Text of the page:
FaithWorld

Mali Islamists bulldoze more Sufi tombs in Timbuktu

(A general view shows the Tomb of Askia, which was built in 1485 for the burial of Toure, the ancient king of the Songhai Empire, in the northeastern Malian city of Gao September 6, 2012. REUTERS/Adama Diarra)

Heavily armed Islamists bulldozed the tombs of three local Sufi saints near Mali’s desert city of Timbuktu on Thursday, residents said, the latest in a series of attacks in the rebel-held north that critics say threaten its cultural heritage.

“They arrived aboard six or seven vehicles, heavily armed,” said Garba Maiga, a resident of Timbuktu, listed by UNESCO as a World Heritage Site for its ancient shrines. “They flattened everything with a bulldozer and pulled up the skeletal remains.”

Residents said the tombs destroyed included those of local saints Cheick Nouh, Cheick Ousmane el Kabir, and Cheick Mohamed Foulani Macina, several kilometers (miles) outside of the city gates. They said the rebels were from Ansar Dine, one of a mixture of Islamist groups now in control of northern Mali.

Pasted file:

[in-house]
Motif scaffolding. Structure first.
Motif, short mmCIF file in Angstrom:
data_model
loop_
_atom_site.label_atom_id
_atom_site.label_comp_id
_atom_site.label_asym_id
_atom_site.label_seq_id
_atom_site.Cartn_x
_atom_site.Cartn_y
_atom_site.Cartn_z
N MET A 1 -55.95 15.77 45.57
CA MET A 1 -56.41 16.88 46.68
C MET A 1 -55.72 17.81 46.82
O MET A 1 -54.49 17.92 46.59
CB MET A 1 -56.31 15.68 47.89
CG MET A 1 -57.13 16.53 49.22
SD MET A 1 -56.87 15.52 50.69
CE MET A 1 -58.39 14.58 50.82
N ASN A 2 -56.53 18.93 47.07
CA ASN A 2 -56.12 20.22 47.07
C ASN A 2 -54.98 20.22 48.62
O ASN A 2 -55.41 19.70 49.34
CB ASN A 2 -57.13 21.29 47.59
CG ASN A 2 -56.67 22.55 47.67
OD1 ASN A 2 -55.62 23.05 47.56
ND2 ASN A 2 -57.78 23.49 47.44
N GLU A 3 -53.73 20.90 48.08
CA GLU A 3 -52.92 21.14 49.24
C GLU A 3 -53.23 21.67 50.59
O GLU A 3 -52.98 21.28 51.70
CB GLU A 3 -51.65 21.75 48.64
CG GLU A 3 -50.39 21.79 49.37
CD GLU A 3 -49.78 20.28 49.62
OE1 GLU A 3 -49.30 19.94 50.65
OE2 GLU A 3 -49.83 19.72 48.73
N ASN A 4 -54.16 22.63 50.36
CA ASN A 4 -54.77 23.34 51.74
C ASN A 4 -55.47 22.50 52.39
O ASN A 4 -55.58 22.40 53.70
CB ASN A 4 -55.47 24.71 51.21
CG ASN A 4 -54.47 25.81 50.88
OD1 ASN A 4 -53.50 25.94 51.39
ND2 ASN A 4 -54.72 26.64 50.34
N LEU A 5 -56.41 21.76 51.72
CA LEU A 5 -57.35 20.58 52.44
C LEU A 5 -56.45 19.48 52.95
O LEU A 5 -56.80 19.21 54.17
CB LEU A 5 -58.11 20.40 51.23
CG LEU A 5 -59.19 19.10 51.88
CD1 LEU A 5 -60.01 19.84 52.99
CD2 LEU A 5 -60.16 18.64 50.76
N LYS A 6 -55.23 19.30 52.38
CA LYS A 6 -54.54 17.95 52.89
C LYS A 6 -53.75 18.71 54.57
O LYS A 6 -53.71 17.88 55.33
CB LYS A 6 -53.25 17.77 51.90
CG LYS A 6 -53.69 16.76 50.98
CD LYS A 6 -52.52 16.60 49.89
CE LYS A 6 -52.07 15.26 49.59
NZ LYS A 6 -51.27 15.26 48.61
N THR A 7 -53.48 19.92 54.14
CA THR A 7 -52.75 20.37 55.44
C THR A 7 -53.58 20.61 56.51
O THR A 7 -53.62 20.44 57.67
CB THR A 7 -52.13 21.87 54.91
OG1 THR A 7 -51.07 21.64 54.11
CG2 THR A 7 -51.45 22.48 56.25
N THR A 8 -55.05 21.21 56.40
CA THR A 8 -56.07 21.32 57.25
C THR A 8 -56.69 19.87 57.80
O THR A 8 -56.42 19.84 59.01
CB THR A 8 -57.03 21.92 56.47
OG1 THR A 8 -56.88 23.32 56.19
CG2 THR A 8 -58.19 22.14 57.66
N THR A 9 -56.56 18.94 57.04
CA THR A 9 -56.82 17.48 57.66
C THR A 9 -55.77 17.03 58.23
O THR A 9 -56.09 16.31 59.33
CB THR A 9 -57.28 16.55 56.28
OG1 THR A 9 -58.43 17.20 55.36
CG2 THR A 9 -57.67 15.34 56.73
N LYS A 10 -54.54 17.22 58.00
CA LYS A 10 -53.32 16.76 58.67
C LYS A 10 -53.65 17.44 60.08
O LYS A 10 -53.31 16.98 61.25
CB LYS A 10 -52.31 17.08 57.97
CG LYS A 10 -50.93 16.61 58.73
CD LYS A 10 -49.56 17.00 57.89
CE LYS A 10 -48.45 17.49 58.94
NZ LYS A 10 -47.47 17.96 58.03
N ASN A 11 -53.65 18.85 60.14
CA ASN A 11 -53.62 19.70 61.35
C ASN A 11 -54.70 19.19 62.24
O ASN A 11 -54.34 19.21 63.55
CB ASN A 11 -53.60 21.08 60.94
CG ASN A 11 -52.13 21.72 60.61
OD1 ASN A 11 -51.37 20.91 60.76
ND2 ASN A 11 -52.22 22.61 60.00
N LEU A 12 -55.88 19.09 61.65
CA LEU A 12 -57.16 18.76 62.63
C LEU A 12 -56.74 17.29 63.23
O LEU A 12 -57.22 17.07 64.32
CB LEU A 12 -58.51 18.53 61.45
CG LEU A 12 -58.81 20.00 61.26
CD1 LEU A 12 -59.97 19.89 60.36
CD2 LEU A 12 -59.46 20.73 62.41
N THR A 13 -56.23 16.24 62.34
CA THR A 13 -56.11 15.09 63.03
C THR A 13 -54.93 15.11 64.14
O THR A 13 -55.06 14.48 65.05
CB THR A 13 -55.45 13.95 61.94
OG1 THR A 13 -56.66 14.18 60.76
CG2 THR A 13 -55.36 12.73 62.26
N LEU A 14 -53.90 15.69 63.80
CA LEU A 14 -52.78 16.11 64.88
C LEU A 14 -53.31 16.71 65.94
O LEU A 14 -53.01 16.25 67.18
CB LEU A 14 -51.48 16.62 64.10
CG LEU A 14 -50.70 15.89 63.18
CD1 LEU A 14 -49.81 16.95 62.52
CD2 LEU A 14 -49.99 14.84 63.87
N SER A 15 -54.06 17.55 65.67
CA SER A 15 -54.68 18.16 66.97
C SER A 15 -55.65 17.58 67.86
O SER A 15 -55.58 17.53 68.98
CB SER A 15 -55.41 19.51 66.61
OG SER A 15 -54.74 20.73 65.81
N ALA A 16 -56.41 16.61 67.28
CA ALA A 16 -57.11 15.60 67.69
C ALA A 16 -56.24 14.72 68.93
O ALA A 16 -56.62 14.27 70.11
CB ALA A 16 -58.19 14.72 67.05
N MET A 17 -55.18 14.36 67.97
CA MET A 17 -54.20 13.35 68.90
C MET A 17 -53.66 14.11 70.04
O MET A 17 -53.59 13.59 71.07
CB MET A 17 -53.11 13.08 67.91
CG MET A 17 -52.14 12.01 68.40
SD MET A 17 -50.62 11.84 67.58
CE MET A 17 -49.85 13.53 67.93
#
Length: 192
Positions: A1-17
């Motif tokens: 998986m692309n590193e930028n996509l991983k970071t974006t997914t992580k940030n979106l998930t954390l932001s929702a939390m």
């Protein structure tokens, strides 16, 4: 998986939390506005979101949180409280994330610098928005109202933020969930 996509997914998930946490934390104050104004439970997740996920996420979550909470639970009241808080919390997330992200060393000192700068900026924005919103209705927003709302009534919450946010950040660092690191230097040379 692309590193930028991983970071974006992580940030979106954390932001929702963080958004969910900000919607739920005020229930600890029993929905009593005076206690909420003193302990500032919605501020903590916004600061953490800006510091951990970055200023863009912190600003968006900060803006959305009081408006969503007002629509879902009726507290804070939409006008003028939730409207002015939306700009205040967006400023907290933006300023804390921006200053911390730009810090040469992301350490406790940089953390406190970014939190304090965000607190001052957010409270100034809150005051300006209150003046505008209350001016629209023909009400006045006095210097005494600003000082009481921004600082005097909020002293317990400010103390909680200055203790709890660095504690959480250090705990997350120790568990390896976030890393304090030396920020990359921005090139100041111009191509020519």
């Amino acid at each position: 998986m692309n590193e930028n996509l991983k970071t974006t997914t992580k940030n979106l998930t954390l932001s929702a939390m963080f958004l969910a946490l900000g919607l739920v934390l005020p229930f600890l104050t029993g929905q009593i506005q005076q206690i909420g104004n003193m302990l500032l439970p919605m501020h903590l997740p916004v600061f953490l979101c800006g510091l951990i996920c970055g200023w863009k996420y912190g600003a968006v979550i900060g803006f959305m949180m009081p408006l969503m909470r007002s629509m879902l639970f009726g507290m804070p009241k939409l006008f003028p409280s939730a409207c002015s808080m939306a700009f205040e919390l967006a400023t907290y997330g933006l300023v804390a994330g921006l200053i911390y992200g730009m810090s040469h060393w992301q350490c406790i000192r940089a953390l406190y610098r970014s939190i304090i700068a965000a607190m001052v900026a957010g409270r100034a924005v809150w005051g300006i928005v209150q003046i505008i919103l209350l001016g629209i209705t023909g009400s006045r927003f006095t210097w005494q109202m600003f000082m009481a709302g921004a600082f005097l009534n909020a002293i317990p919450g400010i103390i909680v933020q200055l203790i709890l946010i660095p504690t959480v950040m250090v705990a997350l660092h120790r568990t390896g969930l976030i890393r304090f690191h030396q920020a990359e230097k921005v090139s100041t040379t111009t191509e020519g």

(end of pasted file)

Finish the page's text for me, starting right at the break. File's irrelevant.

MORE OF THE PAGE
The destruction of the tombs follows an attack on another shrine outside Timbuktu at the end of September and several others in July.

Mali’s Ansar Dine Islamists destroy holy Sufi sites in Timbuktu

(Sankore mosque in Timbuktu, December 2006/P Senani) )

Al Qaeda-linked Mali Islamists armed with Kalashnikovs and pick-axes destroyed centuries-old mausoleums of saints in the UNESCO-listed city of Timbuktu on Saturday in front of shocked locals, witnesses said.

The Islamist Ansar Dine group backs strict sharia, Islamic law, and considers the shrines of the local Sufi version of Islam to be idolatrous. Sufi shrines have also been attacked by hard-line Salafists in Egypt and Libya in the past year.

The attack came just days after UNESCO placed Timbuktu on its list of heritage sites in danger and will recall the 2001 dynamiting by the Taliban of two 6th-century statues of Buddha carved into a cliff in Bamiyan in central Afghanistan.